18 Weeks Pregnant

What’s happening this week

Your baby…

  • measures around 12cm
  • weighs around 190 grams
  • ears move to their final position and stand out from the head
  • bones are continuing to ossify
  • a white waxy substance called vernix protects the baby which helps delicate skin from being chapped or scratched
  • pads on the fingers and toes are formed and fingerprints are developing.


  • you may feel faint or dizzy if you stand up suddenly due to adjustments in your new circulatory patterns
  • may feel a little short of breath.

You should be told the results from all the tests you’ve had even if everything’s fine. Ask your LMC – sometimes routine normal results get tucked away in your notes without you noticing!

Group Strep B

As many as 40% of pregnant women carry Strep B bacteria in their vagina – you may not even know it, as the bacteria don’t usually cause problems or symptoms. If your baby catches the infection, he could become seriously ill. Your baby is more likely to develop a Strep B infection if:

  • you have previously had a baby infected with Strep B
  • you go into labour before 37 weeks of pregnancy
  • your waters break before 37 weeks (with or without other signs of labour)
  • your waters break more than 18 to 24 hours before you have your baby
  • you have a raised temperature during labour
  • Strep B has been found in your urine during this pregnancy.

As Strep B is a normal organism for many women it cannot be eradicated by taking antibiotics by mouth. If Strep B is found in your urine or vagina however, it will be treated. In labour you may be given intravenous antibiotics from the start of your labour or from when your waters break (whichever comes first) until your baby is born, to prevent infections in your baby.

I’ve been told my blood pressure is high

Your blood pressure is taken at every antenatal visit because a rise in pressure can be a warning sign of potential problems. However, a slight rise at one visit isn’t a cause for worry – being nervous, rushing to an appointment, worrying about something at work, all of these can send your blood pressure up. You may be told to take things easy for a while, and you may find that things are back to normal at your next visit.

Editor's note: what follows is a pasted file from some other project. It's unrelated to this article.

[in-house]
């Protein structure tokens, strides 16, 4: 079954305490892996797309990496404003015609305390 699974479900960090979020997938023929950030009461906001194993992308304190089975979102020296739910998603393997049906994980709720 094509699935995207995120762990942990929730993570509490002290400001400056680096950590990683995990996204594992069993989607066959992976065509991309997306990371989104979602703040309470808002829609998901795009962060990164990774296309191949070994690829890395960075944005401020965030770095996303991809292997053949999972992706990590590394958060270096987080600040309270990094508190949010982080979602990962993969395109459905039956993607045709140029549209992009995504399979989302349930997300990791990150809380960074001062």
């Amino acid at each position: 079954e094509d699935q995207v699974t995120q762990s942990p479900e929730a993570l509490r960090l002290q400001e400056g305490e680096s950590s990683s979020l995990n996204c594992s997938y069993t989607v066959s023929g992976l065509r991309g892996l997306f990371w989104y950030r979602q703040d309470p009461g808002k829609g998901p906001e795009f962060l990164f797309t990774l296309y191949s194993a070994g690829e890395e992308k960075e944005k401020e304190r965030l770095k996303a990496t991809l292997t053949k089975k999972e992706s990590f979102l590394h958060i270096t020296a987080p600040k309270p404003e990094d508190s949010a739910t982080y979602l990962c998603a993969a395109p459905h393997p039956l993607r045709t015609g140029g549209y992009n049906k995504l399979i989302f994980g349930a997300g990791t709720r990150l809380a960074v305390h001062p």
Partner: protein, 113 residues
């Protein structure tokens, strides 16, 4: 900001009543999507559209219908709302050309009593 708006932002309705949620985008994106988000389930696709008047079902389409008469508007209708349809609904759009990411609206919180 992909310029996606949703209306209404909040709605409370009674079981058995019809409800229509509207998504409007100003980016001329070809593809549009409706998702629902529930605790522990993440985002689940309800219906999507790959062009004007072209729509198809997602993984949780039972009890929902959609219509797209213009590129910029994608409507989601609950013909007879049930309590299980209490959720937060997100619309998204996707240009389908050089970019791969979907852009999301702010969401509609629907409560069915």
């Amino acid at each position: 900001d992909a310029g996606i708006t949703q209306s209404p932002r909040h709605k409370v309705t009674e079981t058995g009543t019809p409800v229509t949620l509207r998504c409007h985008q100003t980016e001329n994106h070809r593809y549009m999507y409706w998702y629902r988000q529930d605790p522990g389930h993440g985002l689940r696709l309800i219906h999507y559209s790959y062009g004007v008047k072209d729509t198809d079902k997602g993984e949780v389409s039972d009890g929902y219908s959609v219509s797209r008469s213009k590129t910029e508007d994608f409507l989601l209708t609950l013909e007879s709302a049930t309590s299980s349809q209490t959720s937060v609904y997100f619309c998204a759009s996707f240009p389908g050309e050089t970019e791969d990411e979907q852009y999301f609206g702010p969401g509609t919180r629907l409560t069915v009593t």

If you develop symptoms such a sudden onset of vomiting, headaches, visual disturbance, chest pains and swelling don’t hesitate to call your LMC.

Standing at work

If you need to stand for long periods at work, try these tips to keep you as comfortable as possible:

  • Stand with knees relaxed
  • Try to stand upright – no slouching!
  • Keep your weight evenly distributed
  • Wear comfortable shoes and clothes
  • Wriggle your toes
  • Wear support stockings – rather than tights, which can increase your risk of developing thrush; they will help prevent varicose veins, too.
  • Move as much as possible – it helps to avoid stiffness and gets your circulation working well.
  • Take regular breaks.

Clothes to suit your changing figure

Just because you’re pregnant, it doesn’t mean you have to wear a tent! There’s a wide range of maternity clothes available in stores and online. Don’t rush out and buy too many outfits at this stage though. You’ve still got some growing to do, and you can’t predict how that growing will go!

What may be comfortable now, may not be comfortable later, and maternity clothes can be expensive when you consider they’re worn for such a short time. Borrow where you can, and look out for second-hand bargains to see you through the next couple of months.

Twins or more?

Approximately 845 sets of twins and 10 sets of triplets are born every year in New Zealand. Quads and quins are rare. The chance of multiple pregnancies increases with age, if there is a history of twins in your own or your partner’s family, if you have taken a fertility drug, or conceived through in vitro fertilization (IVF).

The New Zealand Multiple Birth Association (NZMBA) – 0800 489 467

Provides support, clubs, information and advice via newsletters and resource material.